So now I have an enormous box of packing peanuts and not a clue what to do with them. I wonder if I can give them back to the UPS Store?

Any suggestions?


Anonymous said...

The packaging in your pictures appears to be very professional. Unfortunately, the shipping environment is not very forgiving. Packages move very quickly through the system along a network of trucks, conveyors, lifts, slides, and union employees. Fragile items, such as your mom's hand painted glass crafts, must be packaged to survive. Clearly, last year's care package was not packaged adequately and did not survive. This year's, professionally packed by The UPS Store, did survive.

I'll admit that to the person who does not often deal with small package carriers, the packaging will appear excessive. Those of us who deal with the shipping companies daily are trained and quickly understand that fragile items are no match for UPS (or FedEx or DHL or USPS). Imagine for a moment that The UPS Store your mom chose did not package to UPS standards and the item arrived damaged. We only have one opportunity to get cherished items to their destination intact, and most stores take that very seriously.

In addition to the materials you listed, your mom also paid for labor and expertise to have the items packaged professionally. They arrived in perfect condition, so it appears that your mom's money was well spent.

To ease environmental concerns, you can take your used packing peanuts to most The UPS Store locations for recycling. Check for the location nearest you.

I hope this glimpse from the other side helps.


care said...


there is absolutely a balance here...on one hand items must get to their recipient in the shape they were sent. on the other hand, the fate of the earth is more important than snow globes and fruitcakes, you know? I mean, I LOVE your painted pots and hurricane globe, but you'd think there'd be a way she could get them to you without a box big enough for the kitchen sink!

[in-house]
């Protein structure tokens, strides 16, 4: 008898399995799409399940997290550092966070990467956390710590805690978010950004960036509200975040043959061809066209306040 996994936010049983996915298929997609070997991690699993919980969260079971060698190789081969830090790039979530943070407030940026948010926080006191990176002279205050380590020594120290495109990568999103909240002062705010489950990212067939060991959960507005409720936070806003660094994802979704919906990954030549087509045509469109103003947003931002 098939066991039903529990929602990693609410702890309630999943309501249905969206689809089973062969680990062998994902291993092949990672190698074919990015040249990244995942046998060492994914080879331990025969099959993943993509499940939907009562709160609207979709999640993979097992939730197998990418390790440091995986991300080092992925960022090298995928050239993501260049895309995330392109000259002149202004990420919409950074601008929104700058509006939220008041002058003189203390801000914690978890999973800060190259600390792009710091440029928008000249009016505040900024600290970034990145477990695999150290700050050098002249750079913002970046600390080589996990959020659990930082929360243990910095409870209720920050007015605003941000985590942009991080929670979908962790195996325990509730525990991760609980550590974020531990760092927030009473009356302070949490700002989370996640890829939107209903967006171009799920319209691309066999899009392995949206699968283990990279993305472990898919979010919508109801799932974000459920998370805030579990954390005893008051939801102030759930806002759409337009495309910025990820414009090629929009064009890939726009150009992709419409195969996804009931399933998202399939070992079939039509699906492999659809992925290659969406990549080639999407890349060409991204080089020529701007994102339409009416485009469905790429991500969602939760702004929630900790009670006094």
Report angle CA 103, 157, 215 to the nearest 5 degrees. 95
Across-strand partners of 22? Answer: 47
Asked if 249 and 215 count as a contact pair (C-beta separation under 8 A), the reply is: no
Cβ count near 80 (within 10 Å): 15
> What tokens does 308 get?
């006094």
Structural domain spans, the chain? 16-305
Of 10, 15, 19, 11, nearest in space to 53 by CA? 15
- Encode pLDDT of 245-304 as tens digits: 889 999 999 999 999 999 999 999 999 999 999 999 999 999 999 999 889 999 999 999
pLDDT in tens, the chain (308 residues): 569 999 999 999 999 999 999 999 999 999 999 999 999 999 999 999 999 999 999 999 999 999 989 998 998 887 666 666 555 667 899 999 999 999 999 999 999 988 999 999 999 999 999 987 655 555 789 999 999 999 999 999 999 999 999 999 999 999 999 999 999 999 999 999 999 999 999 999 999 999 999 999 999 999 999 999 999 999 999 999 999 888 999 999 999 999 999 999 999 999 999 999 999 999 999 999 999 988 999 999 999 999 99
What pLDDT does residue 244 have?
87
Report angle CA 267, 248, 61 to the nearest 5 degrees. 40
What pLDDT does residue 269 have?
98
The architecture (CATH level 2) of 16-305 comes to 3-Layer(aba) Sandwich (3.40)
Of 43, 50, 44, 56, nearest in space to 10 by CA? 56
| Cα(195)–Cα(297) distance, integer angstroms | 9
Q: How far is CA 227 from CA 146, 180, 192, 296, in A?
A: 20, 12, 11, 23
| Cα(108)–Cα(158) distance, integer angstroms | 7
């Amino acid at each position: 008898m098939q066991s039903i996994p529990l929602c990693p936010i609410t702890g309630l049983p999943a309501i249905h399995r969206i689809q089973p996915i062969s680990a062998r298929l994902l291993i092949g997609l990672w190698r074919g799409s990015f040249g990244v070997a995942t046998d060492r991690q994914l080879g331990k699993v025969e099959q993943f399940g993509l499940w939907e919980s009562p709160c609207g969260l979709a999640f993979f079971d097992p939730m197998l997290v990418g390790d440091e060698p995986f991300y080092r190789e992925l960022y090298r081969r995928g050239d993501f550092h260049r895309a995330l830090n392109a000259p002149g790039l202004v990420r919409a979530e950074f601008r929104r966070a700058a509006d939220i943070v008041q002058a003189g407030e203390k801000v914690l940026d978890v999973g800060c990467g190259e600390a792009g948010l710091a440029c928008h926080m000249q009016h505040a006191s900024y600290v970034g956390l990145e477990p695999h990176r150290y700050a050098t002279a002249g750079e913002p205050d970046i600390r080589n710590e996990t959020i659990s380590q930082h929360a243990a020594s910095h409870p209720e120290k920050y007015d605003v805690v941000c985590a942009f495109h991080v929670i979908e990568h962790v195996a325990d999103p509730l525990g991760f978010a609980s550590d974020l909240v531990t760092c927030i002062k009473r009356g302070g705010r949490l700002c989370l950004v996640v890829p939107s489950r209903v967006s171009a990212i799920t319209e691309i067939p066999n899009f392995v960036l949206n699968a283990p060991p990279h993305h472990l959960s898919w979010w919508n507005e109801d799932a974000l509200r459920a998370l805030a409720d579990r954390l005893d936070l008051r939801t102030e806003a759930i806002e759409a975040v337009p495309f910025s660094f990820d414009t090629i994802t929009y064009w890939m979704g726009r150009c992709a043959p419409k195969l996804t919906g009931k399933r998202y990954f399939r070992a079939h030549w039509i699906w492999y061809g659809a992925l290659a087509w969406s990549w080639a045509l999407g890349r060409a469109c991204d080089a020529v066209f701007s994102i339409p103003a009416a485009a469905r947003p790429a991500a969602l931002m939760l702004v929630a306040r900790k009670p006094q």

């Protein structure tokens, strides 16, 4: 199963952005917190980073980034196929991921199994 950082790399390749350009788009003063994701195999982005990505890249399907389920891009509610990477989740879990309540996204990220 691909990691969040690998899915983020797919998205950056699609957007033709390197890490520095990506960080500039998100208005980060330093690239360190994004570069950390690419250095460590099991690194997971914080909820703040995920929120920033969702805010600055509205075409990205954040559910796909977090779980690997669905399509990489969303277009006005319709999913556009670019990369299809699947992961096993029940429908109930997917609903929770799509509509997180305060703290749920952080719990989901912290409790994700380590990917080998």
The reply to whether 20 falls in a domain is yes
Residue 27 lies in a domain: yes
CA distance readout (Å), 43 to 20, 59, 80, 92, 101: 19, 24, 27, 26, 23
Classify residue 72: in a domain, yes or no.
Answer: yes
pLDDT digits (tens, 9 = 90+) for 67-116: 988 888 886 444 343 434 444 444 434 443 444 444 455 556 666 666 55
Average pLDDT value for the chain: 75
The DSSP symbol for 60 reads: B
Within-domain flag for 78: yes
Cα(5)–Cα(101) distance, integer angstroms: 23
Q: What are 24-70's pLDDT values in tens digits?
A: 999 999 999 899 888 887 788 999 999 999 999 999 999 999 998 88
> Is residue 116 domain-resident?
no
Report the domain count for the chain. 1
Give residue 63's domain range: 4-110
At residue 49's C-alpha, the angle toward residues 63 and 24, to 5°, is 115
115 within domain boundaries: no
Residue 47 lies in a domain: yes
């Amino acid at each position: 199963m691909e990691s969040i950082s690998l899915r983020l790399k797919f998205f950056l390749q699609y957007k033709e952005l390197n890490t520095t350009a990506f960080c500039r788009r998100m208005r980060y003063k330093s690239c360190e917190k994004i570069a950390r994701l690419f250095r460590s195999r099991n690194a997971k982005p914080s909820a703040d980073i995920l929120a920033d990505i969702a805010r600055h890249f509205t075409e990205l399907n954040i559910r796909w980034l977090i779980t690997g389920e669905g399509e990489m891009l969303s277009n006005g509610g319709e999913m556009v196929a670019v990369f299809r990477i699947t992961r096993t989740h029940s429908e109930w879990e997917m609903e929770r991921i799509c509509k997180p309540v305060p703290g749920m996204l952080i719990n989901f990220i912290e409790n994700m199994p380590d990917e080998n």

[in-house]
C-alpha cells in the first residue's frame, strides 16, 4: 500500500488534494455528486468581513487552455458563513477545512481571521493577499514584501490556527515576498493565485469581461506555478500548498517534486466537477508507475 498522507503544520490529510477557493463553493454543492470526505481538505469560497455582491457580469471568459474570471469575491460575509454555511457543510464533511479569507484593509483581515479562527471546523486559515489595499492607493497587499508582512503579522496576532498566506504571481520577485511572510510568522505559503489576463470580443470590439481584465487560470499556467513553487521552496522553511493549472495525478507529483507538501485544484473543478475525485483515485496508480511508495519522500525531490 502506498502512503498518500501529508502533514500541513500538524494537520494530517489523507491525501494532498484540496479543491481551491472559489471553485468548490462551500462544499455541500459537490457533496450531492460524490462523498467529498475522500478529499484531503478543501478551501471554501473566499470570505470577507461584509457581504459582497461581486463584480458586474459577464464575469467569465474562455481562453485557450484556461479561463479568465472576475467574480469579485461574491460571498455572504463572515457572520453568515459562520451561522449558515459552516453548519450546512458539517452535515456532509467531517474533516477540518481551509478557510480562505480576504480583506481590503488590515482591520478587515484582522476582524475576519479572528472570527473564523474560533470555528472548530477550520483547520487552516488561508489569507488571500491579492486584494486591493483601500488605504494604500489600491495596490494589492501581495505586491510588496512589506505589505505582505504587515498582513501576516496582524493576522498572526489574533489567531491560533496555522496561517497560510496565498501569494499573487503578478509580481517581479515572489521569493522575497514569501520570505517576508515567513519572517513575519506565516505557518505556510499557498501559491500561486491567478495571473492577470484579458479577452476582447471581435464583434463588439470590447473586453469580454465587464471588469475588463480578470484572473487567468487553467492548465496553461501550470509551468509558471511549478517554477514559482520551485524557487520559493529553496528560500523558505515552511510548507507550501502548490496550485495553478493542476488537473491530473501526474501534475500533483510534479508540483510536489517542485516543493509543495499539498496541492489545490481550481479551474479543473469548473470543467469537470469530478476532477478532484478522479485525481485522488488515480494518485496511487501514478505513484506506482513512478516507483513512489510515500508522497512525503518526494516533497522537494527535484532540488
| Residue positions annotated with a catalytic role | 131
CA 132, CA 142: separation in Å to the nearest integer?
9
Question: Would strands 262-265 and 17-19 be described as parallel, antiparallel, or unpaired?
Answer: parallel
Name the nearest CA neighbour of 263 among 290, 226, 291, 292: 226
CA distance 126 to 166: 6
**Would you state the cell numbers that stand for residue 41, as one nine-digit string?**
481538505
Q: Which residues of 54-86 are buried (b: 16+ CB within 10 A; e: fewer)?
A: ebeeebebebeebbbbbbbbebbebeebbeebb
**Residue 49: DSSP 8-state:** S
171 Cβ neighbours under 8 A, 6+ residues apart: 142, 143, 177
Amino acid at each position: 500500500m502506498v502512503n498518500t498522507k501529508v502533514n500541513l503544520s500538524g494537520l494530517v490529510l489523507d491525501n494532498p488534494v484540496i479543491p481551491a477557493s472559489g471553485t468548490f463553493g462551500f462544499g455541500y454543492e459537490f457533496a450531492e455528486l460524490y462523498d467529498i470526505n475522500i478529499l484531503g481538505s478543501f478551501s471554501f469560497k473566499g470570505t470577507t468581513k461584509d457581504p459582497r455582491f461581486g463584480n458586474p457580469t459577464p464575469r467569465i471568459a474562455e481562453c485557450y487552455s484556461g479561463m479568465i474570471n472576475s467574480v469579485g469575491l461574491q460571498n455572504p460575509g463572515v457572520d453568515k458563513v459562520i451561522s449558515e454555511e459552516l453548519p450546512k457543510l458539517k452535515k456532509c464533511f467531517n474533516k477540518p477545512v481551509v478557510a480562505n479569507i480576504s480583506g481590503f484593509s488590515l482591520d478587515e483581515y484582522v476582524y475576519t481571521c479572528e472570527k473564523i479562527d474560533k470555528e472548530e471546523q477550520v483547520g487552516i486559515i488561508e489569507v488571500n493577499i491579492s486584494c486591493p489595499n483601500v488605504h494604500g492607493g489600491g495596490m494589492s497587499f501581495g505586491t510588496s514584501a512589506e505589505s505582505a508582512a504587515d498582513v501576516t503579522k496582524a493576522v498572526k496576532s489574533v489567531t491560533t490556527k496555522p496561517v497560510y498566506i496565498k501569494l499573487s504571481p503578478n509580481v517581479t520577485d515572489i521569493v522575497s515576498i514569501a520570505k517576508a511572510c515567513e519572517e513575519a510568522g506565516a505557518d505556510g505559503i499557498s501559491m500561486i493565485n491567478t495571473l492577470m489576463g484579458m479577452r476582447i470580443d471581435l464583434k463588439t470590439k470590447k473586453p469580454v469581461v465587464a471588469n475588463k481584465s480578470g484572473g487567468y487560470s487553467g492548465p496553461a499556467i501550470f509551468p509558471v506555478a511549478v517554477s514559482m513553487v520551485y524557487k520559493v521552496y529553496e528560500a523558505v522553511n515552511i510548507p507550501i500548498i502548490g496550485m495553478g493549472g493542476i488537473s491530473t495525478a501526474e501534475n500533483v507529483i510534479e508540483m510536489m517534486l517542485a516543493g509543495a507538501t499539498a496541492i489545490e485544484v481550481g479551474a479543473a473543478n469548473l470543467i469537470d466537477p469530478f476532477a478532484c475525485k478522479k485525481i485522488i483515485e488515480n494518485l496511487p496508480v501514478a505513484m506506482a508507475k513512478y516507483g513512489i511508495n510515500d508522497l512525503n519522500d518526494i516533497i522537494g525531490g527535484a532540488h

now, I really don't believe that the UPS person from AZ can legitimately tell whether or not the packaging was appropriate. And I don't buy this bull crap about conveyors or whatever a) they are designed NOT to break things and b) it's like the motor companies designing cars that they KNOW will break. seriously.

really, this packaging wouldn't have been so out of control if it had been done a little differently. if they'd used a big box and instead used the little air packs, and if durham allowed you to recycle the plastic from those airpacks, then sure, fine, big box it. the difference in the quantity of cardboard isn't huge and since the filler is lightweight it's not causing an appreciable increase in emissions, you know?

but but but...snug wrapping means there's less room for things to shift over the shipping process. and it looks to me like there was LOTS of extra space in that box.

I wish UPS would just own up to the fact that styrofoam peanuts are TERRIBLE for the environment, that their packaging is excessive and that they should be more eco-friendly. yeesh. sorry you're having to deal with this little mess and sorry your mom had to pay so much!

Anonymous said...

It looks ok from my end as well. We have some of the lowest claims in our region, and the packing looks about right. And yes, the cat does help a great deal with determining the sizes.

One observation you made has me a little concerned. The coneyor belts are not designed at all to prtect your packages. In fact, this is where a majority of damages take place. Drops of four feet are not uncommon, and your packages are alongside others that weigh up to 150 lbs. These heavy packages can fall on your package, or can "bottleneck" the conveyor, so that packages are slamming into one another.

If you don't buy it from me, check this out: